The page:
The Vatuk Arrangement on Herath

The subsequent three days-hurya sattam, hurya atham and hurya navam are devoted to congregational nightlong prayers, now preferably in temples. On the 12th, a day before the main puja, new earthenwares, freshly baked and specially prepared by the potter for the occasion (now-a-days many people use pots of steel), are ceremoniously brought to the house and placed on a small circular seat (aasan) made of grass in a room.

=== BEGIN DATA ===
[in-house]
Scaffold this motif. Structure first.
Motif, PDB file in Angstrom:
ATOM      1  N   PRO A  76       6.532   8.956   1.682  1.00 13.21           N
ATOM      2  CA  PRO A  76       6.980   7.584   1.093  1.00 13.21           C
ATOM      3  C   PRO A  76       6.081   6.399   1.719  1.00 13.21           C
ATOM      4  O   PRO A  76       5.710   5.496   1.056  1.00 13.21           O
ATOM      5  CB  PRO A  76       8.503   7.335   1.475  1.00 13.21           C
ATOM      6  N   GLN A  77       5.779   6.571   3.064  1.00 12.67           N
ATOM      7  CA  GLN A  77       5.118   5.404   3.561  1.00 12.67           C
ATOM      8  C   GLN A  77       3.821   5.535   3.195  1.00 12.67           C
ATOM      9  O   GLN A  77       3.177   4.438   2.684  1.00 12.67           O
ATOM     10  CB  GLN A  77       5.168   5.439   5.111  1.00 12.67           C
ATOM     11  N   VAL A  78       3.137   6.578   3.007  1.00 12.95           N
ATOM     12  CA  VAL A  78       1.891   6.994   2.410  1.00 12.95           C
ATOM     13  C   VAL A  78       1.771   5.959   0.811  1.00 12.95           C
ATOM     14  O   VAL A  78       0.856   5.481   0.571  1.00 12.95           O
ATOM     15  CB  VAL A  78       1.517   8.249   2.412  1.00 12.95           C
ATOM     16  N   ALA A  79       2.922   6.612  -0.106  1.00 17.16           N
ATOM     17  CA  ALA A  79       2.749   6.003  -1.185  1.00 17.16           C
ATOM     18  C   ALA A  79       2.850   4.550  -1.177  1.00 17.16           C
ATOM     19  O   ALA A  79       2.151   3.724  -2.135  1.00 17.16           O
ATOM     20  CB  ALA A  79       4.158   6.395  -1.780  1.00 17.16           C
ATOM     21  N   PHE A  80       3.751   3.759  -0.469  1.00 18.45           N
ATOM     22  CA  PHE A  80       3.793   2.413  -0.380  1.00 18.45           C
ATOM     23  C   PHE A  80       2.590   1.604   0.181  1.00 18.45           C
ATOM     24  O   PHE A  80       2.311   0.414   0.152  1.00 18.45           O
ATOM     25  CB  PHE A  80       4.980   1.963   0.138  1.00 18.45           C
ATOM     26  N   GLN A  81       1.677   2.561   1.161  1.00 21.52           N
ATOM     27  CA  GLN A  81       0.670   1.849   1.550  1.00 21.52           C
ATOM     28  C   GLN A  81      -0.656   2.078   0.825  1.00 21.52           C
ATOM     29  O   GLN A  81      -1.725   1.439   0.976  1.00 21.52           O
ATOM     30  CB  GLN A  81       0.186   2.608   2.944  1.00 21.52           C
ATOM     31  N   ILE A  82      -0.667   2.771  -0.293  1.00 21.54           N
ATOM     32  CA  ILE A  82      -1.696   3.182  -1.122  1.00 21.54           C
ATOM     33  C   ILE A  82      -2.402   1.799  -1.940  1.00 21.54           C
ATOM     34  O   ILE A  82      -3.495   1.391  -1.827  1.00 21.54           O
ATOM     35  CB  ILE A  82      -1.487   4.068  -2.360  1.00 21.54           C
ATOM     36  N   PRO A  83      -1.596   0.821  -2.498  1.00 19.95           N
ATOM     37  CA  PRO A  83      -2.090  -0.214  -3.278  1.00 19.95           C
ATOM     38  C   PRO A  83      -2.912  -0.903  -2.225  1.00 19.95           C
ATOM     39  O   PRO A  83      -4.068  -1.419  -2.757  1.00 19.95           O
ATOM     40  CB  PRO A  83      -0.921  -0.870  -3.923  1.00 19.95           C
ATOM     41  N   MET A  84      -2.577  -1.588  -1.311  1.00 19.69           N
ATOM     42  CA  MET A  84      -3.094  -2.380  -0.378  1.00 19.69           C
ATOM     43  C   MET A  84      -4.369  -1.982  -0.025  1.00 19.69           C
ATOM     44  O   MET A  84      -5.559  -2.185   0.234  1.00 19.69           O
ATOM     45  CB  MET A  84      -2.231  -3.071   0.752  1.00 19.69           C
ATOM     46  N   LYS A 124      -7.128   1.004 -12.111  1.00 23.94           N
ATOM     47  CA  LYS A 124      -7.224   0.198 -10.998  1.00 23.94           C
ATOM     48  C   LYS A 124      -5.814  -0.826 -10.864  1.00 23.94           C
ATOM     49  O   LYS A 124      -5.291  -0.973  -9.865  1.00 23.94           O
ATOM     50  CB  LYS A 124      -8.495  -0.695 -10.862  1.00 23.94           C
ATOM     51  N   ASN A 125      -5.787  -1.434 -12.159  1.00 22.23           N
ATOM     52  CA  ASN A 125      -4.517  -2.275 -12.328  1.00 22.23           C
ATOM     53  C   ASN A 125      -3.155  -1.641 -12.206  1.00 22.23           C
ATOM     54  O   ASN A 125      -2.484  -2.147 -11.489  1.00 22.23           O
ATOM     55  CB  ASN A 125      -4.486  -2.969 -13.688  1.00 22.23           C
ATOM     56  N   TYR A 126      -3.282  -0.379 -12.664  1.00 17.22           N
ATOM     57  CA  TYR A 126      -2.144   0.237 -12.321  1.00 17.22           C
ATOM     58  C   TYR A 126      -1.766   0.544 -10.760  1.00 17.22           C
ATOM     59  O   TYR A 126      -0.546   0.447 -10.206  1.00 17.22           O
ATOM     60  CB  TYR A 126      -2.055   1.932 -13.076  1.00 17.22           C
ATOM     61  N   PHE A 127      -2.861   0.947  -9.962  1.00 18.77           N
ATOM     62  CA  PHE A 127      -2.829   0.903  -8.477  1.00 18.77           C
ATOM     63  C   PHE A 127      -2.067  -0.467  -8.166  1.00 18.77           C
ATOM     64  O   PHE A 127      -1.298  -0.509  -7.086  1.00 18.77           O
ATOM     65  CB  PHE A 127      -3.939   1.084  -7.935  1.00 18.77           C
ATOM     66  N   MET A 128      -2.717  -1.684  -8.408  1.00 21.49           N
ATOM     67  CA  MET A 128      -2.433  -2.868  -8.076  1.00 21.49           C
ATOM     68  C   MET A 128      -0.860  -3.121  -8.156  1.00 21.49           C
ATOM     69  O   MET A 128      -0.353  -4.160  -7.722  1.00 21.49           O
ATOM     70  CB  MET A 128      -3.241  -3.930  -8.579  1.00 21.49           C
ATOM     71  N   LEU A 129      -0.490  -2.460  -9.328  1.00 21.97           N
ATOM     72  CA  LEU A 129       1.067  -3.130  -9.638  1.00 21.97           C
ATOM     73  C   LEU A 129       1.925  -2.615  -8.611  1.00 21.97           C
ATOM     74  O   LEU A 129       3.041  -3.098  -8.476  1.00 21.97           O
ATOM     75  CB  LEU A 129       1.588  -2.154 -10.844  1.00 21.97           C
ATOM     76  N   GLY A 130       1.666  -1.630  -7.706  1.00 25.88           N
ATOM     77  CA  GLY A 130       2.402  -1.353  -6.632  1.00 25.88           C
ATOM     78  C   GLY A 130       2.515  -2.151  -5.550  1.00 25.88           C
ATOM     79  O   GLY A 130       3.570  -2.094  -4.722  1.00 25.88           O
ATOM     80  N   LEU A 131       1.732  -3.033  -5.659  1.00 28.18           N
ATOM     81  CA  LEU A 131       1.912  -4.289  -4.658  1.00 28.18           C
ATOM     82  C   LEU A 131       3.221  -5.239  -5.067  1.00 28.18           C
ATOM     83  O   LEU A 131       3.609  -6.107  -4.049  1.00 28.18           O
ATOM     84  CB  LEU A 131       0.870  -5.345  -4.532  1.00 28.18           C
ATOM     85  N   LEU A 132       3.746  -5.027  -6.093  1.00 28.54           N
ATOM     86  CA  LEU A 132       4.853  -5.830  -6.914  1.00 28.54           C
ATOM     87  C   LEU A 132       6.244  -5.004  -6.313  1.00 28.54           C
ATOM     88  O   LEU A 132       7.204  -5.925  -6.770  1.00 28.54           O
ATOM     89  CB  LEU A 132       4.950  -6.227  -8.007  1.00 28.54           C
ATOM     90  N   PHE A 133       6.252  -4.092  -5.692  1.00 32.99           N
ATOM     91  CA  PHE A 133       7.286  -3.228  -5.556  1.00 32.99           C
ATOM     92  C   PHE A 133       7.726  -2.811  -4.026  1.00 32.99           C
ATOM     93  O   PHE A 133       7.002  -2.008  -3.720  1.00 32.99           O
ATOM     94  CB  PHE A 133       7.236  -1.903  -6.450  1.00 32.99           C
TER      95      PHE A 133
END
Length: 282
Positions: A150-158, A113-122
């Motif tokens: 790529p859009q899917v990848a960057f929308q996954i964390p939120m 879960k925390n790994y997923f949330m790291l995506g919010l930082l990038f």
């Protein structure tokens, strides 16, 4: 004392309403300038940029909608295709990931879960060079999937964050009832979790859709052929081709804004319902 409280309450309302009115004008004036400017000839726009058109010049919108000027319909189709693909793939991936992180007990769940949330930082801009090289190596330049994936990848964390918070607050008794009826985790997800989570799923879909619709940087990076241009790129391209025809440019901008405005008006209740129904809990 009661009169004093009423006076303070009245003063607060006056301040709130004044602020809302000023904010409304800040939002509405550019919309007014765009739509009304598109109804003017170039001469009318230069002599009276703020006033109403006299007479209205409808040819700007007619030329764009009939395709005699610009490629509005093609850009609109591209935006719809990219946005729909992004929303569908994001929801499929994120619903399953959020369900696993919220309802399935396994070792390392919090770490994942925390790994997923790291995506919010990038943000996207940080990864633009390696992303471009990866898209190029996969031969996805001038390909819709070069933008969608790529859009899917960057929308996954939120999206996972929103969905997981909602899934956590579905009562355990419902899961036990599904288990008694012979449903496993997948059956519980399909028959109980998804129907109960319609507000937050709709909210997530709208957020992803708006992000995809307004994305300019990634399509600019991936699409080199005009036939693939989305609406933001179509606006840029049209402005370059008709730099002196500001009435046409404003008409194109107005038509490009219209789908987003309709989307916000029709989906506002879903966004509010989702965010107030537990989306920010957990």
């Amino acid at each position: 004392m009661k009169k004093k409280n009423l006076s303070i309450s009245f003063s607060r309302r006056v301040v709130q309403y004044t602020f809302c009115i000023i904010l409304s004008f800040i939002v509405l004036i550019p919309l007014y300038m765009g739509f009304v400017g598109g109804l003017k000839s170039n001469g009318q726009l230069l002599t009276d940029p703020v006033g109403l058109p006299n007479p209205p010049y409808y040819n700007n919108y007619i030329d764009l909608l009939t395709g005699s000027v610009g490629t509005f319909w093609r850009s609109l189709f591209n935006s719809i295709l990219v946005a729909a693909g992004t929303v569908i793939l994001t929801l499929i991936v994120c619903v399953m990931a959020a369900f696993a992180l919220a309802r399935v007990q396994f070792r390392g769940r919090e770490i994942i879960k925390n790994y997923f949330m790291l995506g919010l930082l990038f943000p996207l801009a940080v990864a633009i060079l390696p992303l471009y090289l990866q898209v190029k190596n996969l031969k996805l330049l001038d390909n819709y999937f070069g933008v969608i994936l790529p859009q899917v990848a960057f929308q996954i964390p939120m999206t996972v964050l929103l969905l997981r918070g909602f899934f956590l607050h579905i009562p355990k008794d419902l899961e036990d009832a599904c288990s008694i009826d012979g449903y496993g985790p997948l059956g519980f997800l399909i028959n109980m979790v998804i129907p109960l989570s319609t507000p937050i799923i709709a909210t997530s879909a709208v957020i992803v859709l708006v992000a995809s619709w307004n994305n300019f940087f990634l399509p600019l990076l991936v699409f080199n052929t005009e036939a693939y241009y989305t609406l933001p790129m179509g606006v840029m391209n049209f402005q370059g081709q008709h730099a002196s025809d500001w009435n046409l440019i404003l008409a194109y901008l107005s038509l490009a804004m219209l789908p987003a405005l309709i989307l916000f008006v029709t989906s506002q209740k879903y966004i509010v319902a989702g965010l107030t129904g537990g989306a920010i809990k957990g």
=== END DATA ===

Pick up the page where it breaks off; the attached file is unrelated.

These pots representing various deities, including the two larger vessels signifying Shiva and Parvati, are embellished with flower garlands tied round their mouths and dried walnuts deposited in them nearly to the brim. The smaller vessels, representing other deities, are similarly readied for formal worship.

A couple of more vessels are also kept ready for lesser deities like the Bhairavas. The pots are filled with water in which walnuts are kept. This ceremony is called ‘vatuk barun' in Kashmiri.

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